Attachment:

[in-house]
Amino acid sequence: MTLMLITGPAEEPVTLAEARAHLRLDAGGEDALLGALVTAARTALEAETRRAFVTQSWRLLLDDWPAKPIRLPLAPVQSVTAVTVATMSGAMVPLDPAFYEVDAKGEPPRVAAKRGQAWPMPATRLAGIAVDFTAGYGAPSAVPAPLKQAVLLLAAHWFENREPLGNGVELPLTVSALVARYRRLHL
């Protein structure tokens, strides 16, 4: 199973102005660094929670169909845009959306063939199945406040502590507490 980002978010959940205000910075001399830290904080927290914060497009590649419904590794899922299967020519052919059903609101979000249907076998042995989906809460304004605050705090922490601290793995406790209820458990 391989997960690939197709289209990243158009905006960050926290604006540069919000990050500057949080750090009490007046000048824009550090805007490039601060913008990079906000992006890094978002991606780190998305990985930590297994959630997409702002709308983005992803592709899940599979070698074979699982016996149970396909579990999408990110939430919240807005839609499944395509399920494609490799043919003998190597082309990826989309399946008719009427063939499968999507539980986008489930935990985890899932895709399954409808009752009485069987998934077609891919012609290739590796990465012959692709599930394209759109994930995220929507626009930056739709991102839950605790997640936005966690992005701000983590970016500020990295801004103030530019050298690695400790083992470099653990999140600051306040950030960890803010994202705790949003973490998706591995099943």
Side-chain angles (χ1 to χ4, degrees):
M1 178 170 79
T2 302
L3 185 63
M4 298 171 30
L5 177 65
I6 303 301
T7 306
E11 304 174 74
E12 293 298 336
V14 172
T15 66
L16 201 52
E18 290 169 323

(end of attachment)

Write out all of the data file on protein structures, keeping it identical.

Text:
[in-house]
Amino acid sequence: MTLMLITGPAEEPVTLAEARAHLRLDAGGEDALLGALVTAARTALEAETRRAFVTQSWRLLLDDWPAKPIRLPLAPVQSVTAVTVATMSGAMVPLDPAFYEVDAKGEPPRVAAKRGQAWPMPATRLAGIAVDFTAGYGAPSAVPAPLKQAVLLLAAHWFENREPLGNGVELPLTVSALVARYRRLHL
């Protein structure tokens, strides 16, 4: 199973102005660094929670169909845009959306063939199945406040502590507490 980002978010959940205000910075001399830290904080927290914060497009590649419904590794899922299967020519052919059903609101979000249907076998042995989906809460304004605050705090922490601290793995406790209820458990 391989997960690939197709289209990243158009905006960050926290604006540069919000990050500057949080750090009490007046000048824009550090805007490039601060913008990079906000992006890094978002991606780190998305990985930590297994959630997409702002709308983005992803592709899940599979070698074979699982016996149970396909579990999408990110939430919240807005839609499944395509399920494609490799043919003998190597082309990826989309399946008719009427063939499968999507539980986008489930935990985890899932895709399954409808009752009485069987998934077609891919012609290739590796990465012959692709599930394209759109994930995220929507626009930056739709991102839950605790997640936005966690992005701000983590970016500020990295801004103030530019050298690695400790083992470099653990999140600051306040950030960890803010994202705790949003973490998706591995099943």
Side-chain angles (χ1 to χ4, degrees):
M1 178 170 79
T2 302
L3 185 63
M4 298 171 30
L5 177 65
I6 303 301
T7 306
E11 304 174 74
E12 293 298 336
V14 172
T15 66
L16 201 52
E18 290 169 323